The Casino Industry in Finland: The Government’s Attitude to Gambling
The casino industry has been hit hard by the coronavirus pandemic. The S&P 500 casino and gaming index has sunk 51 percent this year. American Gaming Association estimated in March a potential $21 billion loss from casinos’ closure in the United States. Governments’ expectations from local casinos have also been lowered. Before the pandemic, Vancouver’s 2020 budget expected $7.1 million in gaming revenue from Parq Casino and Hastings Racecourse, while now, when all gambling sites in the city have been closed for almost three months, this figure is lowered to $1.6 million. The amount of $1.6 million is a far cry from $45 million that Vancouver collected from casino revenue in 2019.
There are countries, however, that do not experience losses in their gambling sector during the national lockdown for the simple reason that they enforce antigambling laws. There are neither brick-and-mortar casinos nor online gambling websites in North Korea, Singapore, the United Arab Emirates, Qatar, Lebanon, Cambodia, Nigeria, Uganda, and Ecuador. Other countries forbid one of the two forms of the casinos while turning a blind eye to the other. The Japanese government is still amid debates and discussions on the legalization of online casinos and the enactment of the Casino Bill. Like Japan, France outlaws online gambling but allows its citizens to wager in land-based casinos. Italy and Latvia discriminate between different kinds of online casinos, and so does Poland which prohibits all types of online wagering and sports betting.
Finland differs from other countries in the world in its enthusiastic attitude to gambling. The Finnish government encourages its citizens to gamble because the lion share of the casino industry’s revenue is invested in educations, sports, arts, and sciences. Finnish people even have a slogan saying that whether the gambling house wins or loses, a Finn always wins. Indeed, Finns always stand to benefit from the state-owned Finnish casinos, be they old brick-and-mortar casinos or new online casinos, called in Finnish “uudet nettikasinot.”
The Finnish government’s care for its people is so earnest that it is prepared to forfeit its own profit as long as they gain. Now, in the time of the national lockdown, when Finns gamble online more than usual and thus risk squandering large amounts of money, the government has lowered the maximum monthly and daily loss limit to 500 euros from 2,000 euros and 1,000 euros respectively. Finnish gamblers cannot spend now more than €500 a day, and if they reach this daily limit, they will not be allowed to gamble until the next month. The Ministry of the Interior said that the aim of these amendments was to reduce economic, social, and health harm caused by gambling during the epidemic.
The government pursues the same aim in dealing with slot machines. Playing slots is by far Finns’ favorite pastime. They have even entered the annals of gambling history as the nation that won one of the biggest payouts on the Great Mega Fortune Dreams slot. In 2017, the Finnish lady hit the first of NetEnt’s slot jackpots, reaping the profit of €3.5 million. Finland online casinos, both legal and illegal, provide thousands of slot machines games. There are even slot games thematically designed for Finnish players: such as Hall of Gods, the North Storm, Vikings Go Wild, Vikings Go Berzerk, and Vikings Go to Hell. They are based on Norse mythology and invite Finnish players to take part in the dark adventures of their ancestors. Slot machines are also ubiquitous in Finland in the real world. Slots are not only located in Finland’s land-based casinos but they are also placed in almost every grocery store, gas station, and kiosk across the country. Finns can play slot machines any time they wish without even presenting their IDs.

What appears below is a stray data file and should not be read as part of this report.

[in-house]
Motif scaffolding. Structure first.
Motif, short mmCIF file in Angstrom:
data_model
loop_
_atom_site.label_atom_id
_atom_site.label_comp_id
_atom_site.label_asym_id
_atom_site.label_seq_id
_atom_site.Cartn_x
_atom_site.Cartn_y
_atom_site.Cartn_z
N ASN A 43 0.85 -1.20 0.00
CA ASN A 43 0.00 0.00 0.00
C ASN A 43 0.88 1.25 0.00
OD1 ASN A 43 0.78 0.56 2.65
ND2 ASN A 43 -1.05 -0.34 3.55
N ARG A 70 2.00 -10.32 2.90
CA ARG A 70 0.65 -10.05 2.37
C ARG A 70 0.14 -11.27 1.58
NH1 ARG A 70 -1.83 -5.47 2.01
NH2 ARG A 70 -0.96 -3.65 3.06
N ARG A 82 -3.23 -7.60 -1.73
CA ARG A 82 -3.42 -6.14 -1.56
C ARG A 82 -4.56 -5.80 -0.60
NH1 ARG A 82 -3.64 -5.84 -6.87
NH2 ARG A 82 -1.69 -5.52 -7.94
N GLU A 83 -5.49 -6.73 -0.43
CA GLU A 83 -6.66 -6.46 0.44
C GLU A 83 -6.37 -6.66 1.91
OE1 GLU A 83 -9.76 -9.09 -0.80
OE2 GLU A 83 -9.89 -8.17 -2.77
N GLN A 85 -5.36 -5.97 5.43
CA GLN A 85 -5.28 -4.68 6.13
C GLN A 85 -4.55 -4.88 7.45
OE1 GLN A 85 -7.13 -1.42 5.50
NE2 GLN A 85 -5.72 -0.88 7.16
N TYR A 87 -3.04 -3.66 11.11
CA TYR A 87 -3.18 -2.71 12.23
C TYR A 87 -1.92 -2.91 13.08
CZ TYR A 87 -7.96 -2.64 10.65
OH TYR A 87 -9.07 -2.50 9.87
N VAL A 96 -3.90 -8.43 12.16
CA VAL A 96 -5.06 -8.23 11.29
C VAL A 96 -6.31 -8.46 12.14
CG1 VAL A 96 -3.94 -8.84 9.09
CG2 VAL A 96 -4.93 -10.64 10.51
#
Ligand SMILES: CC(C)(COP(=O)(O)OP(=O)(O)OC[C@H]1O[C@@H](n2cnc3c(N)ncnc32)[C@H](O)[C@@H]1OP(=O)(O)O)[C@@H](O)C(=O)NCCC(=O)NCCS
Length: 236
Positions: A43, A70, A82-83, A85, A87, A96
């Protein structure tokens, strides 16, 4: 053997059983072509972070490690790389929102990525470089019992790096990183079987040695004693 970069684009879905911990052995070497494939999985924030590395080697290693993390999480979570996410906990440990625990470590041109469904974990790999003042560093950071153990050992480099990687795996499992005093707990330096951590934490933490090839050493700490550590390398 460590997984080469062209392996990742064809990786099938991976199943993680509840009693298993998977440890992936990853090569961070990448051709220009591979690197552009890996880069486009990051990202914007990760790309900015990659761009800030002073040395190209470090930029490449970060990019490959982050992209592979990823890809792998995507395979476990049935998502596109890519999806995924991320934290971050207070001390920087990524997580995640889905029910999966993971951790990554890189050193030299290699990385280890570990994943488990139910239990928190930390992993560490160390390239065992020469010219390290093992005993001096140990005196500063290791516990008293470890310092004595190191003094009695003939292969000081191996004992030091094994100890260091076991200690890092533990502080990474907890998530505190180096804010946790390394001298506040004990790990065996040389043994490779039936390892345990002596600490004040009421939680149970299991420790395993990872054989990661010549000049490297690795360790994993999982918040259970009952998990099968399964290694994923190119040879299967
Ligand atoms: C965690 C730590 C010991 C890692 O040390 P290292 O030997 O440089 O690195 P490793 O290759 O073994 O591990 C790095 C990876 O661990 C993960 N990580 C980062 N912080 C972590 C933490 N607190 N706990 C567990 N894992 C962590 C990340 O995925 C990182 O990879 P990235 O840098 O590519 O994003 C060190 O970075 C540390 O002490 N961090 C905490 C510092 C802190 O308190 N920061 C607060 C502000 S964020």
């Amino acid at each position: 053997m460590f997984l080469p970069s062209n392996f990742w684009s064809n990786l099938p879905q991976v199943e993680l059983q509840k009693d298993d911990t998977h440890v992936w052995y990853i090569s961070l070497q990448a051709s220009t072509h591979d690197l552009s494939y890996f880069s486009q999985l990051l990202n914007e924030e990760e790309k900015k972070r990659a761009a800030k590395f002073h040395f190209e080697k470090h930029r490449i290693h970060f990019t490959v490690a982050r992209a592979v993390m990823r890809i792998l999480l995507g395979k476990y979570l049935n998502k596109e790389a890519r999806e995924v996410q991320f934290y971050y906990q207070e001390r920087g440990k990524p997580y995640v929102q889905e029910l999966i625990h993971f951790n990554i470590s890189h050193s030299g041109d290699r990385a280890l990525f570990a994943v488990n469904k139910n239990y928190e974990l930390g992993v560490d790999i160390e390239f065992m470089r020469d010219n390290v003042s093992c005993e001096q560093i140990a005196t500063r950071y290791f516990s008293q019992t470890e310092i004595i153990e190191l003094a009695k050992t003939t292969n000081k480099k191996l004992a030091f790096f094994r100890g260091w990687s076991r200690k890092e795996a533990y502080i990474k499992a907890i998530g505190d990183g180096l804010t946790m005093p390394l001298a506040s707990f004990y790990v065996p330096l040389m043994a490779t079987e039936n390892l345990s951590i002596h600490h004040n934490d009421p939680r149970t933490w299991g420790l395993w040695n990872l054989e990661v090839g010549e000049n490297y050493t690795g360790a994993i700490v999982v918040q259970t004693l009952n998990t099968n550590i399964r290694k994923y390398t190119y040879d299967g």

Knowing that Finns lose large amounts of money playing on slot machines, the Finnish government has again decided on the policy that would be detrimental to Veikkaus, the Finnish state-owned gambling agency. Before the lockdown, the government had promised to remove about 3,000 slot machines from supermarkets, gas stations, and kiosks. A few days ago, Veikkaus announced that it was going to increase the number of the removed slot machines to 8,000. When the government lifts the lockdown on casinos and slot machines on July 15, it will bring into operation fewer slot machines. Although in doing so, the government will make less handsome profits, it will guarantee that its citizens do not hurt their financial situation and do not become addicted to gambling.
Another indicator of the Finnish government’s flexibility is its attitude to offshore casinos. Officially, it permits no unlicensed gambling websites and bans the advertisement of their services in the country. Yet, there is no law in Finland stating that foreign online casino operators are illegal; nor is transferring money to them by Finnish players considered a criminal offence. Finns can, therefore, easily register with any offshore casino that accepts gamblers from Finland. The Finnish government might be unhappy to see its money slipping through its fingers, but many foreign casino providers are operating out of the European Union, of which Finland is a member. The government simply cannot crackdown on the websites of the fellow members of the EU and thus lets its citizens gamble with them to their heart’s content.
The Finnish government is thinking about making some changes in its Act on Lotteries in the future. Meanwhile, however, it is involved in helping Finnish people adapt to new quarantine regulations and making its land-based gambling sites ready to reopen.
The post The Casino Industry in Finland: The Government’s Attitude to Gambling appeared first on Times Of Casino.
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